The new NHMRC Corporate Plan – a missed opportunity

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Source: Flickr/ Igor Spasic

As more and more researchers point to the inadequacy of using animal models to study human conditions, Australia’s National Health and Medical Research Council (NHMRC) – the major funder of biomedical research – still does not seem to make any moves towards encouraging more human-relevant research.

The NHMRC’s Corporate Plan 2018-2019 has just been published. From the NHMRC website:

The NHMRC Corporate Plan 2018–2019 covers the period 2018–19 to 2021–22. It identifies the major health issues for this period, how we will deal with these issues and a strategy for medical research and public health research, in line with the requirements of the NHMRC Act. It also describes NHMRC’s purposes, planned activities and performance measures for the period and addresses our capability, environment and risk oversight and management.

The Plan does not touch on the transition from outdated animal research to human-relevant research. While “advances in technology” and “engagement with industry and support of innovation” are mentioned in the section on “NHMRC’s environment”, the strategy to dealing with this “risk” is limited to “timely and effective leveraging of advanced technology to reduce the burden on applicants and assessors and enable reporting on the return on investment in health and medical research.”

Animal studies do not predict adequately what will happen in humans. Many research “breakthroughs” observed in animals do not translate to clinical trials with humans and into medical practice. However, this is not acknowledged in the Plan, which includes a section on research translation. (The NHMRC does fund several research and translation centres)

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Source: Flickr/ National Center for Advancing Translational Sciences. Neurovascular Unit-on-a-chip

The value of animal experiments for predicting the effectiveness of treatment strategies in clinical trials has remained controversial, mainly because of a recurrent failure of interventions apparently promising in animal models to translate to the clinic. (van der Worp et al., 2010)

Following target discovery, as much as 90% of novel medications fail to make their way through the different phases of clinical trial to approval. The majority fail to pass at phase II – the transition through proof of concept to large scale trial at Phase III (Cook et al., 2014; Perrin, 2014; DiMasi et al., 2016). Many critics attribute this high rate of attrition to the models on which the targets are discovered – usually laboratory rodents; the argument being that the differences between animal models and human disease are too great to be able to draw valid conclusions between them. In other words, targets derived from animal models are not suitable for use in clinical populations, and hence fail at trial. (Perry & Lawrence 2017)

The lack of leadership is disappointing. Other countries’ government agencies are more proactive. For example:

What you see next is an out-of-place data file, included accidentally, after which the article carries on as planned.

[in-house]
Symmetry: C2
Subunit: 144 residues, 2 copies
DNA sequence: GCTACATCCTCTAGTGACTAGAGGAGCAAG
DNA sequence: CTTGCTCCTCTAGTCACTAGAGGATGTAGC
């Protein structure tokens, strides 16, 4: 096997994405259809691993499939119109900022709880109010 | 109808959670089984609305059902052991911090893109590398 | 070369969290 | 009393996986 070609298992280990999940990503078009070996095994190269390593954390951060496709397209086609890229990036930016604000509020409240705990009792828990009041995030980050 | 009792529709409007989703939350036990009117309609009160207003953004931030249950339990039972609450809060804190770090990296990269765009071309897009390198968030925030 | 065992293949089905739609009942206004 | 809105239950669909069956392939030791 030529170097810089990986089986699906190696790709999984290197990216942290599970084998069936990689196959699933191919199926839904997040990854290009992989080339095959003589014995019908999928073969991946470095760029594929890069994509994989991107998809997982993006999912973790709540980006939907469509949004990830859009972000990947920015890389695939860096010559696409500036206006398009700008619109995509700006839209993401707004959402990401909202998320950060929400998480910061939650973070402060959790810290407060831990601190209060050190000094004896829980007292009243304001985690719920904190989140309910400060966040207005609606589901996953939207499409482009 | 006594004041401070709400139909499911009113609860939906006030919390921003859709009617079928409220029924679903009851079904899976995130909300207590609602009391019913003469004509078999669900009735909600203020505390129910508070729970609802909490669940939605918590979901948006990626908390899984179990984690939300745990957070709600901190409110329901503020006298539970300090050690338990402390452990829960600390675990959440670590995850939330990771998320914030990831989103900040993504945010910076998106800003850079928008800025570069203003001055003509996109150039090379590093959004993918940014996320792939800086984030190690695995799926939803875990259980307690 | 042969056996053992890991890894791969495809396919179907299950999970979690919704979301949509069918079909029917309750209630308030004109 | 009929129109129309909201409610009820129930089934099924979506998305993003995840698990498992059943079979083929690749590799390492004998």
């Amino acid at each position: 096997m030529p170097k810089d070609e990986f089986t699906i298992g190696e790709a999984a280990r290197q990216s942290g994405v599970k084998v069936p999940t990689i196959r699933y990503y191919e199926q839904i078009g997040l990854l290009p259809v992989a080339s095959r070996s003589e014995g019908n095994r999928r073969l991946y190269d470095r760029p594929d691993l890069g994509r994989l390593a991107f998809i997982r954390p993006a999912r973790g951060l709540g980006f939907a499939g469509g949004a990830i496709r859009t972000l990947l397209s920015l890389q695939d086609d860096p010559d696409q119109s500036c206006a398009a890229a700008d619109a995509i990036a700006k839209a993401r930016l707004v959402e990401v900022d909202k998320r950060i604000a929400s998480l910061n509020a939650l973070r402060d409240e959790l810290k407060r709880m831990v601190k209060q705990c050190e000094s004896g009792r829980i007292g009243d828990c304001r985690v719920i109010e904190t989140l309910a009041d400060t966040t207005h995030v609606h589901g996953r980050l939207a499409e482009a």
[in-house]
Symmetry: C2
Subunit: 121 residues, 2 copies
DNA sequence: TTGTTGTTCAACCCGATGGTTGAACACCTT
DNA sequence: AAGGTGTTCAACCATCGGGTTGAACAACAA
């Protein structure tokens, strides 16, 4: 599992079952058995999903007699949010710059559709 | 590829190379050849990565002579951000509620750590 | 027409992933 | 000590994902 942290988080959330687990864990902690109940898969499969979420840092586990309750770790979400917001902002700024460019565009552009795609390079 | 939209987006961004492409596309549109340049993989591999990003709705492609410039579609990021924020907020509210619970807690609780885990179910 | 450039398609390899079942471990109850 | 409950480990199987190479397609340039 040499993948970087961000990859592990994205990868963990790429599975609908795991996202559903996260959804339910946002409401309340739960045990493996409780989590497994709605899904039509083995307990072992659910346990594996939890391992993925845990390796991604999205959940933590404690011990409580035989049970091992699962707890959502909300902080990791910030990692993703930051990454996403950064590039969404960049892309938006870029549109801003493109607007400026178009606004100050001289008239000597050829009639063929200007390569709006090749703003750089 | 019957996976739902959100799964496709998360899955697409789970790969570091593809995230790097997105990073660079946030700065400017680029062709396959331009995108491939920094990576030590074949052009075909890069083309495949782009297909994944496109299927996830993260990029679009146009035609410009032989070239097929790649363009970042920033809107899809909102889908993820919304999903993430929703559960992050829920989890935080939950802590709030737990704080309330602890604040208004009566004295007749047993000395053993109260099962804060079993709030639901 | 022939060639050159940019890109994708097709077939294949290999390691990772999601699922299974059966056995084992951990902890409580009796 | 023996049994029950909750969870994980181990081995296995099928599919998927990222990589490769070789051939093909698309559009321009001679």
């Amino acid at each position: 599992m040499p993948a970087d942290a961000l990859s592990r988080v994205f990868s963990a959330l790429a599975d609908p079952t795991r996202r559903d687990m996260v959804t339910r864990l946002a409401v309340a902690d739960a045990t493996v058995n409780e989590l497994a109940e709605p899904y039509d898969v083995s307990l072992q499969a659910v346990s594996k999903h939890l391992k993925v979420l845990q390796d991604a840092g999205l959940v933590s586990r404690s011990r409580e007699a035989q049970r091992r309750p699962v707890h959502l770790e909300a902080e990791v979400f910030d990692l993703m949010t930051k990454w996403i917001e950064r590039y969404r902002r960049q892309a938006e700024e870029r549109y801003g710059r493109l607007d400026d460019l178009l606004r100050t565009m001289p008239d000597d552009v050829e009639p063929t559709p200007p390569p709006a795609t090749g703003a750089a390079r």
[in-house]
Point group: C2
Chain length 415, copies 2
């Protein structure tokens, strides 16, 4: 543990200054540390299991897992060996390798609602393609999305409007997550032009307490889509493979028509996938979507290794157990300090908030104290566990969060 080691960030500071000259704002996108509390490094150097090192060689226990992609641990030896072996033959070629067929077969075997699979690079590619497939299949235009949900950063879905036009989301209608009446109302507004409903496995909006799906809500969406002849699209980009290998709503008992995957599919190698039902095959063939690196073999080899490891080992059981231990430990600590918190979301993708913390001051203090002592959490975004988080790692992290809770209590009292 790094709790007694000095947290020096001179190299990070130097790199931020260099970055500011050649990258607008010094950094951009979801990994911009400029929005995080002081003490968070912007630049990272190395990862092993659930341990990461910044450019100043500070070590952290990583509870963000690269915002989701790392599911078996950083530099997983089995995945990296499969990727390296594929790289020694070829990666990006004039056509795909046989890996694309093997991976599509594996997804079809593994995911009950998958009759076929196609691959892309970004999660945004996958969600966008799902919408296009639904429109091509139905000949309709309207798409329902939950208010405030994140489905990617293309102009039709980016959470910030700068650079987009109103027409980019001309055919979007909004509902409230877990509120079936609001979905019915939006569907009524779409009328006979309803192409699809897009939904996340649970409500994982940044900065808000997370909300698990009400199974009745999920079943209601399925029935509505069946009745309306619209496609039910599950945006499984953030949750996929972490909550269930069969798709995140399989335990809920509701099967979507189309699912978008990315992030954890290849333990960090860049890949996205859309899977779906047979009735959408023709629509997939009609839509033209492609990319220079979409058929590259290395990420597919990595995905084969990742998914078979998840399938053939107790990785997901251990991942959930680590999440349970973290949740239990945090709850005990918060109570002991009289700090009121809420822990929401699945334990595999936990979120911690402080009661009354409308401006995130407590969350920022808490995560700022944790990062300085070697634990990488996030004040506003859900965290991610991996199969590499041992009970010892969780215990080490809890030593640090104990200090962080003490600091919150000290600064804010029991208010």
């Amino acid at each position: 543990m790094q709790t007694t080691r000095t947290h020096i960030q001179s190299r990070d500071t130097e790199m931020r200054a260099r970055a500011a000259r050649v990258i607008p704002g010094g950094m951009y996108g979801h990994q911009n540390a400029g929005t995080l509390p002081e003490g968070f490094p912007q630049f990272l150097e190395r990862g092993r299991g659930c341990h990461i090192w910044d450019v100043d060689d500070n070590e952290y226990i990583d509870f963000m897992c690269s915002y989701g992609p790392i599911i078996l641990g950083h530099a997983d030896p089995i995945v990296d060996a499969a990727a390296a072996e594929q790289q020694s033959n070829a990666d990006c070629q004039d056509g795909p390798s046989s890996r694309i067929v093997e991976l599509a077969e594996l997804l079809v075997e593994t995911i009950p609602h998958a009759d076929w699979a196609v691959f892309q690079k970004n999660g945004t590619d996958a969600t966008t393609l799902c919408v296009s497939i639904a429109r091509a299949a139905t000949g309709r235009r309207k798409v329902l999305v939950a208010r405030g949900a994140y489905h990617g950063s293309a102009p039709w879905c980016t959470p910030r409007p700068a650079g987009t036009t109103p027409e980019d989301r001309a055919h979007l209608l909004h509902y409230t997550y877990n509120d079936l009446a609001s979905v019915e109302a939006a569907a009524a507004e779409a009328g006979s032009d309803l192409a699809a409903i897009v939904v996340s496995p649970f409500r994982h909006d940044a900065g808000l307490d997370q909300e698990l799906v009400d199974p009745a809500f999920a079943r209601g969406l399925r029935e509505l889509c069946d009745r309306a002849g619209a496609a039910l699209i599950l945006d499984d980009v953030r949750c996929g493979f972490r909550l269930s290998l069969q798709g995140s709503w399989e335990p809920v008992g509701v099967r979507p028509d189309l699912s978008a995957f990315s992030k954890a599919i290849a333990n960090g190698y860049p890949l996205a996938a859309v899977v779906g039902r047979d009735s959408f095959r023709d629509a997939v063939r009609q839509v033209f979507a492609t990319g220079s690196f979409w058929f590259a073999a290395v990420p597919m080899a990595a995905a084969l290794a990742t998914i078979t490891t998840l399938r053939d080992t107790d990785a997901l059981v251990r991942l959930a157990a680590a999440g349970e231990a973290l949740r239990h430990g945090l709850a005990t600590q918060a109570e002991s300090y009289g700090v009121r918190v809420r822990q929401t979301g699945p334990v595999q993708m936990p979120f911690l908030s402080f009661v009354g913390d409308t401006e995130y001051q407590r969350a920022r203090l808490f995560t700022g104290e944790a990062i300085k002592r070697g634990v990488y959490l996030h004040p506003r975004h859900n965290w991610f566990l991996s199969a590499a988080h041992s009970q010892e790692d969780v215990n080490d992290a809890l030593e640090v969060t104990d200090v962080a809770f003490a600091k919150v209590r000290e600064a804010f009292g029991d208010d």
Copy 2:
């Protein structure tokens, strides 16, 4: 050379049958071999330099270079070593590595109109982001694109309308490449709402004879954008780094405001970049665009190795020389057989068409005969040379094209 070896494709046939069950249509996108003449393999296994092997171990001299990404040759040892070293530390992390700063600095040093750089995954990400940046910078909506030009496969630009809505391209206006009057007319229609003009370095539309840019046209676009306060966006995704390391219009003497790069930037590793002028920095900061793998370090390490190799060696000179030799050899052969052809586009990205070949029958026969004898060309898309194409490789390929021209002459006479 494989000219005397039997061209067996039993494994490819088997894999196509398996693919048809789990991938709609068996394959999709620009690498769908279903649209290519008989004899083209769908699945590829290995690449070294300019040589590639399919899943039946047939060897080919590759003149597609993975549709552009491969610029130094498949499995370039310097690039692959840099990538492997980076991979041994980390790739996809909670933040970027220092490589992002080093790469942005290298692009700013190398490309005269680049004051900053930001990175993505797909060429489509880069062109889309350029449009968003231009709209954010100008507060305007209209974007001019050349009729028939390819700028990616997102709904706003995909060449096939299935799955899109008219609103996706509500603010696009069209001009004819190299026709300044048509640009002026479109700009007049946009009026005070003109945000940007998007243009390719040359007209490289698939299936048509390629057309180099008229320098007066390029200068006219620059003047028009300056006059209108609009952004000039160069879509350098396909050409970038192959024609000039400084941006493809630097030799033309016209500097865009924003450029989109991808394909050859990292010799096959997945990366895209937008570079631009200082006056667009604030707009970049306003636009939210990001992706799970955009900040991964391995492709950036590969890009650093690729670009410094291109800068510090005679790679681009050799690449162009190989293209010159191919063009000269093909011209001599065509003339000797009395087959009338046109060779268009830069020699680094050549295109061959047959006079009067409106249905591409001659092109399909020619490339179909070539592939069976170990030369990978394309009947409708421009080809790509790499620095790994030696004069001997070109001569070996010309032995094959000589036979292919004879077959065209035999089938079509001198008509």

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Source: Flickr/ National Center for Advancing Translational Sciences. Growing mini-brains in a dish.

Indeed, in the past few years, a substantial number of research grants have been invested in organ-on-a-chip projects from the National Institute of Health (NIH), the Food and Drug Administration (FDA), and the Defense Advanced Research Projects Agency (DARPA) in the USA, from Framework Program 7 (FP7) in the EU, and from Japan Agency for Medical Research and Development (AMED) in Japan. This investment also shows the magnitude of expectations for research related to organ-on-a-chip technology. (Kimura, 2018)

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Source: Flickr/ National Center for Advancing Translational Sciences. This illustration highlights some of the tissue and organ systems that scientists in NCATS’ Tissue Chip for Drug Screening program are working on.

It’s disappointing that we are not pulling our weight in contributing to innovative biomedical research, that Australia is lagging behind comparable countries. It’s disappointing that a good proportion of public funds are wasted on ineffective research. It’s disappointing that, as a consequence, patients are not seeing the treatments and cures that are missed because our scientists study the wrong species. Actually, the latter is more than disappointing. It’s infuriating.

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Good news from Brussels for cats, dogs and primates of all kinds

The Netherlands were first with their plan for a transition to non- animal research. Now the Brussels-Capital Region, one of three regions in Belgium, has announced a ban on experiments on dogs, cats and non-human primates:

From 1st January 2020, experiments involving dogs, cats and primates will be forbidden in the Brussels-Capital Region. Not only will tests on dogs, cats and primates no longer be allowed, from 1st January 2025 animal experiments will also be prohibited in education and in safety tests except in cases where no alternatives are available and the tests are deemed absolutely necessary.